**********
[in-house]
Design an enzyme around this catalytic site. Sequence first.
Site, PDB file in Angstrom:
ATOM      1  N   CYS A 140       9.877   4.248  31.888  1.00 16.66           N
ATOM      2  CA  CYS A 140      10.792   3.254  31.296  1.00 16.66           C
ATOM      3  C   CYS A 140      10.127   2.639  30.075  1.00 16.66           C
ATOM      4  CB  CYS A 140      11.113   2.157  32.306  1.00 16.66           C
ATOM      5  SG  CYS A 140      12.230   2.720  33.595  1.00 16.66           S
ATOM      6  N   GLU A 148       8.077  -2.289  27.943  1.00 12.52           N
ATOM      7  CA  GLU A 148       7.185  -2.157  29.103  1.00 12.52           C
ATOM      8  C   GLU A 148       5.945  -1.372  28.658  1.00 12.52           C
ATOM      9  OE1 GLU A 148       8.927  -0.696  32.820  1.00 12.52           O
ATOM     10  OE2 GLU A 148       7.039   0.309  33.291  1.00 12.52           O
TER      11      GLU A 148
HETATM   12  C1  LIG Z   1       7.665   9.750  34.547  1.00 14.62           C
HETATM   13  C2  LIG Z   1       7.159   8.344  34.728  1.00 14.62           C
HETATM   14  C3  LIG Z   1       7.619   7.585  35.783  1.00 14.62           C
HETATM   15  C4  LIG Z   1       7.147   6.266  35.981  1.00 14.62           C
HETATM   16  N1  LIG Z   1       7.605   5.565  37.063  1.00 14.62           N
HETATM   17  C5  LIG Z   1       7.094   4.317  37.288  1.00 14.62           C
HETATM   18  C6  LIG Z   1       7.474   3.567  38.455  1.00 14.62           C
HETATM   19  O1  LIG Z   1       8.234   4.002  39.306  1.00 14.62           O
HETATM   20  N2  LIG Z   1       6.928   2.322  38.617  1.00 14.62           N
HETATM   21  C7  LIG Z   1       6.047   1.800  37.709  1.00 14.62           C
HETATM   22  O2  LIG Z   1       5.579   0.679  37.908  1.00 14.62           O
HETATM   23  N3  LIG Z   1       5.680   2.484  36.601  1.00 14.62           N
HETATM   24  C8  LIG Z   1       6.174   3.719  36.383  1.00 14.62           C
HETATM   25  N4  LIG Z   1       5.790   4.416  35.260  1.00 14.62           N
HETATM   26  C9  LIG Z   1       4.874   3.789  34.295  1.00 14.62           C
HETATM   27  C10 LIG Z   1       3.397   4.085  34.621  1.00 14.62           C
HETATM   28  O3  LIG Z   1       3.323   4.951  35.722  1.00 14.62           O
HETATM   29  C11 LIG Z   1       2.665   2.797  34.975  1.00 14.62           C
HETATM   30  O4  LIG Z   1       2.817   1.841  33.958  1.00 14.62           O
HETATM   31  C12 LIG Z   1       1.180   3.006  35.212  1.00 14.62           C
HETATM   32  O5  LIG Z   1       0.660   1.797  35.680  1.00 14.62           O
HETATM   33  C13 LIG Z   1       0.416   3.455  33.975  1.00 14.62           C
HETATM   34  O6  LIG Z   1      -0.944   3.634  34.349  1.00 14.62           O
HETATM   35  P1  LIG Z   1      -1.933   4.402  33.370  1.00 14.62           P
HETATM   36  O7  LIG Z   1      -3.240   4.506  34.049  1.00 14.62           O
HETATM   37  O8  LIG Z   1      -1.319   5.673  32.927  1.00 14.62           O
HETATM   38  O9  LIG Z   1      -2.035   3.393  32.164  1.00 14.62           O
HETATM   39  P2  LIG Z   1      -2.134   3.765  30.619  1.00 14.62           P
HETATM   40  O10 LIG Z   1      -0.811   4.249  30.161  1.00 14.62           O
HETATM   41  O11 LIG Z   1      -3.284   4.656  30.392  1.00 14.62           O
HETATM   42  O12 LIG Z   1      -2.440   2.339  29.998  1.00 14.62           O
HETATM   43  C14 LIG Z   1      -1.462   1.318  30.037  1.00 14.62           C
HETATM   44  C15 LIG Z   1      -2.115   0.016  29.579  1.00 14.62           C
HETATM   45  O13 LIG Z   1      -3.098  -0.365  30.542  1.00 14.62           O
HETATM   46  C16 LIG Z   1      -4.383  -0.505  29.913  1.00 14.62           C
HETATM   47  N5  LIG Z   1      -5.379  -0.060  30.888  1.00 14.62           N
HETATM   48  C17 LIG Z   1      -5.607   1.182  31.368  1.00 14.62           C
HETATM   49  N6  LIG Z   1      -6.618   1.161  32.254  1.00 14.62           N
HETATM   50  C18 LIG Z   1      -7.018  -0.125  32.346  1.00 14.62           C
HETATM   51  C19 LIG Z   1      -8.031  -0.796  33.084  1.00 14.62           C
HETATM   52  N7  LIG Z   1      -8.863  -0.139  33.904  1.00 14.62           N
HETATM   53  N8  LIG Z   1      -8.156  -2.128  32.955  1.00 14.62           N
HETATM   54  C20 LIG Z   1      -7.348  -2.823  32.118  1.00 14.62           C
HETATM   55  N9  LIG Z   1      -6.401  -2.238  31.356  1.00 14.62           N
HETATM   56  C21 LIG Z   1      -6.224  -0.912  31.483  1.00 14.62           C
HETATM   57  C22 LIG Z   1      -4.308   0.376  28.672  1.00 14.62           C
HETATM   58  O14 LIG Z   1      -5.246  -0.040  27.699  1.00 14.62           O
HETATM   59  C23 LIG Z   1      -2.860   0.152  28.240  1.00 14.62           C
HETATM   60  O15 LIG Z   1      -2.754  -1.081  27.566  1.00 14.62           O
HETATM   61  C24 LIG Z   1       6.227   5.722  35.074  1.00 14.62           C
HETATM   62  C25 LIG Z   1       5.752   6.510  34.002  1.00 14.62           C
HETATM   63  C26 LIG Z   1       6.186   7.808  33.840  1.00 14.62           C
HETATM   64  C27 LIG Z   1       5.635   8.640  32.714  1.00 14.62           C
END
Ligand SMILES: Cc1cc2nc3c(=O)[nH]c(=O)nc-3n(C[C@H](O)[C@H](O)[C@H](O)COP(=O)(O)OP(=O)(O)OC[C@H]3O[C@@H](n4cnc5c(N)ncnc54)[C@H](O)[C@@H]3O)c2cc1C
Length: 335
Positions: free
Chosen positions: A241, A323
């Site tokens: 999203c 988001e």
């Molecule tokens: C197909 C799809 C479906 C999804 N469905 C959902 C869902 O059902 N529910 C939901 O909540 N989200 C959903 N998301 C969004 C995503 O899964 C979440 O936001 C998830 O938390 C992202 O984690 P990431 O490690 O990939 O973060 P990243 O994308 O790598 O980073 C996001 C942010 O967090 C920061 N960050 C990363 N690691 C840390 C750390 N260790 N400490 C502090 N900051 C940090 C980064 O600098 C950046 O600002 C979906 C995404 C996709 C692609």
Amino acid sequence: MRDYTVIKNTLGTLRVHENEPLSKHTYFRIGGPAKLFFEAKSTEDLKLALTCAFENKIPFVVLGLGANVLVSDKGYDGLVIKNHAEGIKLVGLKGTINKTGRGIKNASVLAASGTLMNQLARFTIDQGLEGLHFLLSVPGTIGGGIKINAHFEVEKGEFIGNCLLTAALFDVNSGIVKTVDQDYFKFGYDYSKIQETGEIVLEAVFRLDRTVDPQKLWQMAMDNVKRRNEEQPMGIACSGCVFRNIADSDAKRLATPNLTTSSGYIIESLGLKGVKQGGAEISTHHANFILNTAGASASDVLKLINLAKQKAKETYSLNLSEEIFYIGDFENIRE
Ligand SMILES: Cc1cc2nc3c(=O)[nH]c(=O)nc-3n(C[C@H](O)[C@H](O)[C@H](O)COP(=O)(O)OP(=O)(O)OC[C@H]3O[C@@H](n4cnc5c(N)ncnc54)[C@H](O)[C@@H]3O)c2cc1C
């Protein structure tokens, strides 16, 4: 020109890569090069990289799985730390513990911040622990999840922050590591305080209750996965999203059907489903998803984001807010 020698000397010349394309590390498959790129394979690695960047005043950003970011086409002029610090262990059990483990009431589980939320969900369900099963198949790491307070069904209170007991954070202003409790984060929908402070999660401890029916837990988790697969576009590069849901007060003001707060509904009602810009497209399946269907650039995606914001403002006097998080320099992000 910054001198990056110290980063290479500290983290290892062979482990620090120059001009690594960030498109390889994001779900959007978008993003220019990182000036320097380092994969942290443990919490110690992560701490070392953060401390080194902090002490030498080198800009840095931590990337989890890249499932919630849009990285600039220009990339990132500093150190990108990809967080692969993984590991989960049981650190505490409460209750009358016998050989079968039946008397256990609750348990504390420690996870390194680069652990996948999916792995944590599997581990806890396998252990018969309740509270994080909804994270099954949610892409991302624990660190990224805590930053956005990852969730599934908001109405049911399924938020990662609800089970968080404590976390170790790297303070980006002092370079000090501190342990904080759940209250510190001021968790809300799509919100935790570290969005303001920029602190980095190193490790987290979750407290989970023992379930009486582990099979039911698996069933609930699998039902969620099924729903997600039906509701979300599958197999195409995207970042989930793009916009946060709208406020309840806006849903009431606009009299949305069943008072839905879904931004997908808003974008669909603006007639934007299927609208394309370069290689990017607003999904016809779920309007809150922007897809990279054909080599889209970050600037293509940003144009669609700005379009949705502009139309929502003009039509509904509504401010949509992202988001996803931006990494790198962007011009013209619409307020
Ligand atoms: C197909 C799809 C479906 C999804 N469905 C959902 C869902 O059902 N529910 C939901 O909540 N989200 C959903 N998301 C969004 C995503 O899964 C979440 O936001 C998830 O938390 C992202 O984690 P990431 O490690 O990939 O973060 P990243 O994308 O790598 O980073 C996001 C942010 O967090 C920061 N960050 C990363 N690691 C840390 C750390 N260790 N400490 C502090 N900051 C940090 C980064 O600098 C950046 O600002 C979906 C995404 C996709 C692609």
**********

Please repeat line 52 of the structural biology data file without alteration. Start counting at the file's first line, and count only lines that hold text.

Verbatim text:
HETATM   49  N6  LIG Z   1      -6.618   1.161  32.254  1.00 14.62           N